MOSCOW -- A new independent report finds that Russia doctored photos to implicate the Ukrainian military in the shooting down of the Malaysian airliner MH17 last July, casting doubt on Russian claims that neither separatists armed by Russia nor its own military were to blame for the disaster.
The report is the latest by the independent analysis group, Bellingcat, which has been using open source material -- often video and photos posted on social media -- to provide hard evidence that Russia has been sending troops and weapons into eastern Ukraine to support rebels there, despite denials from the Kremlin.
MH17 was shot out of the air on July 17, 2014, killing all 298 passengers on board. Most experts say the plane was most likely struck by a Buk anti-aircraft missile, a type commonly used by Ukrainian and Russian forces.
Shortly after the crash, Russia's defense ministry presented satellite images it said showed Buk missile launchers belonging to Ukraine's army near the eastern city of Donetsk in the days around the shooting-down, meant to imply that the Ukrainian army had hit the plane.
After 30 pages of analysis, Bellingcat says "unequivocally" that these images have been digitally altered so as to falsely appear that they were taken in the days around the crash. The photos were actually taken in the first half of June, the report says.
Besides the altered dates, Bellingcat says the photos exhibit many signs of being Photoshopped, apparently to conceal objects that would betray they were taken a month before -- adding cloud cover for example.
The group says it is clear proof that Russia's government has lied in connection with the crash.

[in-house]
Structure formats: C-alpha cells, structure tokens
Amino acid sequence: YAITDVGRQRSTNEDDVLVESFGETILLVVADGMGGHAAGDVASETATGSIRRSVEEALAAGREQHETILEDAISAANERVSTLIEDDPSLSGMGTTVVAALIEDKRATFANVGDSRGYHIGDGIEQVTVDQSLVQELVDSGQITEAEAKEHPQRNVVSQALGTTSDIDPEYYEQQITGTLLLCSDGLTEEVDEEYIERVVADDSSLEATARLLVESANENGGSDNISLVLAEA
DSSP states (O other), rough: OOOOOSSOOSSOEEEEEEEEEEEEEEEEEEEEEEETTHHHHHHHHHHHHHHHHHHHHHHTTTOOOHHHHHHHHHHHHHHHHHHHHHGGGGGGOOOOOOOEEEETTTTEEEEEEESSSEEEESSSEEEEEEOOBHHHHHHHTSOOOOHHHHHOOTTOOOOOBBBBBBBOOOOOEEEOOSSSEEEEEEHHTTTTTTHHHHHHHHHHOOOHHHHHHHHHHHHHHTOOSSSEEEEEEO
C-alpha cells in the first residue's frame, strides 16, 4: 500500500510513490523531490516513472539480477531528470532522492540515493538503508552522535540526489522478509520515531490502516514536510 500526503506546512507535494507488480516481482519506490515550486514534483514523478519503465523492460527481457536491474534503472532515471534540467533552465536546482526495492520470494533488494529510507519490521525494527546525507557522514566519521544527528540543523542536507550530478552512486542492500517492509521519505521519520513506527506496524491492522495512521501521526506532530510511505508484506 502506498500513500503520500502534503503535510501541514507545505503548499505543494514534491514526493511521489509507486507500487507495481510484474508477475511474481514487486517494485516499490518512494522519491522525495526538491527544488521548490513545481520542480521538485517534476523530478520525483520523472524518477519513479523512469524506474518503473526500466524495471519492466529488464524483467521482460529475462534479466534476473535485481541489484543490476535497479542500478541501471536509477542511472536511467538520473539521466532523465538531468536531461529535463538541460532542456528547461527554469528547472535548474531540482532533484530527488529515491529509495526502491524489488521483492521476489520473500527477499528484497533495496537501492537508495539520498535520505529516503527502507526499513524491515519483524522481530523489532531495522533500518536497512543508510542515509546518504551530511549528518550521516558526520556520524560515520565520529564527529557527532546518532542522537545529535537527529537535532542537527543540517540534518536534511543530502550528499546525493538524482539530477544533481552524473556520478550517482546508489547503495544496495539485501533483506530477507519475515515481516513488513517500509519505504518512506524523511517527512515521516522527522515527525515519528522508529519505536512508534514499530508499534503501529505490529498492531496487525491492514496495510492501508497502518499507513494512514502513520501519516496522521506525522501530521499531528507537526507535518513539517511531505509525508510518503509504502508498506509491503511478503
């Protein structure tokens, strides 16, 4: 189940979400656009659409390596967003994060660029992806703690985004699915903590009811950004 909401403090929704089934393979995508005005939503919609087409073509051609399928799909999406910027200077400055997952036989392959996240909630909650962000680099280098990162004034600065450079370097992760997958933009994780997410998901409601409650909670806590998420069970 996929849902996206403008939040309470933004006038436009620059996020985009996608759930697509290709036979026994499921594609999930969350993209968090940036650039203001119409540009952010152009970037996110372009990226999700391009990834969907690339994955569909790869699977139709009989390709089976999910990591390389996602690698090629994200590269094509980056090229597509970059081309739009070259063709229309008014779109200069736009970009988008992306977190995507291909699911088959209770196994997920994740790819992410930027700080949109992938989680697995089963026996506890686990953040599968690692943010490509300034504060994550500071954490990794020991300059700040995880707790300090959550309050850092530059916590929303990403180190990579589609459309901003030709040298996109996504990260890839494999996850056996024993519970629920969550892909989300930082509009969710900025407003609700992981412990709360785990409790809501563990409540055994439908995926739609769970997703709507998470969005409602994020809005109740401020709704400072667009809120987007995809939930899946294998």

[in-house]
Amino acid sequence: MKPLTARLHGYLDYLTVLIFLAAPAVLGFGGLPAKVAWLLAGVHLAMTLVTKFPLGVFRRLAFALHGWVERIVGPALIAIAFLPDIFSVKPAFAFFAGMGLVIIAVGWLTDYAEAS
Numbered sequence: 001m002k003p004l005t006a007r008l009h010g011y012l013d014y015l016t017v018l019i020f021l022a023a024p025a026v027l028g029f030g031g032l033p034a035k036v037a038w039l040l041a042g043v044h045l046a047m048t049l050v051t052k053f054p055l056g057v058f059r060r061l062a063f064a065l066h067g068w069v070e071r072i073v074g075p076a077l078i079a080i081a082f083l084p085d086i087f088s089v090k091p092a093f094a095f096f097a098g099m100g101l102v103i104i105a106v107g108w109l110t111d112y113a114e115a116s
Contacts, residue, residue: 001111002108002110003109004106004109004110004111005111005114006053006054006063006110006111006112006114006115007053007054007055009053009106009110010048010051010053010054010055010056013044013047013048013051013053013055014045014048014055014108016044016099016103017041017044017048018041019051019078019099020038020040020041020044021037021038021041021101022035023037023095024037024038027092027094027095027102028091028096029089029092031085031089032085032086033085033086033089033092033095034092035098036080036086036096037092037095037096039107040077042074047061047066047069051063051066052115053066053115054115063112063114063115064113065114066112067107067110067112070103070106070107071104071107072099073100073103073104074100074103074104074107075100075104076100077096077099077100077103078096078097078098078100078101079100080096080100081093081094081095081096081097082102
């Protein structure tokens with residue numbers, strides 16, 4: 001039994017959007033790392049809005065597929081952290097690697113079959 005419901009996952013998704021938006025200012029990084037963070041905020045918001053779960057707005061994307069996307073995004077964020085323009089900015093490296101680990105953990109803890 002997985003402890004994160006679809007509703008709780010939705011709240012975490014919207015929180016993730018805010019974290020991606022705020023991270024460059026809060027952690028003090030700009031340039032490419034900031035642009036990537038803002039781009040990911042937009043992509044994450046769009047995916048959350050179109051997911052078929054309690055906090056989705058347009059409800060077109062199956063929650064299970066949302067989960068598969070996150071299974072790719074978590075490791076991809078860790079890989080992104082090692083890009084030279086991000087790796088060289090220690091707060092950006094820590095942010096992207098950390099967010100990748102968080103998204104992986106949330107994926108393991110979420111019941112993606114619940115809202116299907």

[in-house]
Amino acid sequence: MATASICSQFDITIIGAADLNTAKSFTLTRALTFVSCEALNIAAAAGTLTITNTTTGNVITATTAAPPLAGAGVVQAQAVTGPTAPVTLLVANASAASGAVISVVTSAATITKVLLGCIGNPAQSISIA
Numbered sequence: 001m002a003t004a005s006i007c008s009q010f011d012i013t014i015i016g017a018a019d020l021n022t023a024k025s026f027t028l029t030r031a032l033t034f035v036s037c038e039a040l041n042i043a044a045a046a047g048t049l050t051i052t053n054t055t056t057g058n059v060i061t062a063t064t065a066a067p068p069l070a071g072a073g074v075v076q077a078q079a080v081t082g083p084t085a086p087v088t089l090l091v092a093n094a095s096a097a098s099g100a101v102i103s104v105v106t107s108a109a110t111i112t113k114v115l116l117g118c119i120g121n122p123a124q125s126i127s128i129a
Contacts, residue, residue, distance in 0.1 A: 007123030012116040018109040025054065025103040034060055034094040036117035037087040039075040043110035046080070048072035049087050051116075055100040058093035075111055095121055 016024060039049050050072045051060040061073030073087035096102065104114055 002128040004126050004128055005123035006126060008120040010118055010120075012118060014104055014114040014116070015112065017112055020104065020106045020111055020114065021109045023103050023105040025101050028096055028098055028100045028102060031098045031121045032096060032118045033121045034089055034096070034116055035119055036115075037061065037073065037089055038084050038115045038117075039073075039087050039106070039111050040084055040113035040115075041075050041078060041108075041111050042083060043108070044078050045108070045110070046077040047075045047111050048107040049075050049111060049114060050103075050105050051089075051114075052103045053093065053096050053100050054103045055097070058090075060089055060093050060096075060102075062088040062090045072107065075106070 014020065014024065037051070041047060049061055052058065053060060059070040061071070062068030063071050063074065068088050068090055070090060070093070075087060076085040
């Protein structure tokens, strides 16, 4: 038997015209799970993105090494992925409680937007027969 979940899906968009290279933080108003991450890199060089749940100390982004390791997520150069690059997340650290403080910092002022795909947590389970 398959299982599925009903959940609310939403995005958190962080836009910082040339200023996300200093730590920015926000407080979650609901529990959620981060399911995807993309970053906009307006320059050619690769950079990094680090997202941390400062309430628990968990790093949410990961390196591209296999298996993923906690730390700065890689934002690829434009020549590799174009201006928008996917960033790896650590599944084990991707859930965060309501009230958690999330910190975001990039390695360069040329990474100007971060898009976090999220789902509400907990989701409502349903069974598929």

"These claims, representing the majority of information publicly presented by the Russian government since the downing of Flight MH17, are a clear attempt by the Russian government to deceive the public, global community, and the families of the Flight MH17 victims," Bellingcat said in a statement released with the report.
The downing of MH17 caused outrage around the world and prompted western countries to impose harsher sanctions on Russia for its role in arming pro-Russian separatists.
Since then Russian authorities have churned out different theories laying blame on Ukraine's military, falsely claiming a Ukrainian fighter-jet had been nearby and giving a false flight-plan for MH17; the separatists have even suggested the plane was full of corpses before it took off.
Bellingcat says it has now proved four major statements by the Russian defense ministry on MH17 as deliberately false. It adds to a growing pile of evidence that Russia's government is trying to conceal its military's activity in eastern Ukraine; modern tanks, only in use by Russia, have been repeatedly spotted and serving soldiers have posted on social media showing themselves fighting.
Last week Vladimir Putin issued a decree making details of troop deaths during special operations in peacetime a state secret, following a steady trickle of reports of Russian soldiers killed in Ukraine.
So far there has been no definitive conclusions on who was to blame for the destruction of MH17. An official inquiry by Dutch government investigators -- most of the victims were from Holland -- is expected to publish its findings this summer.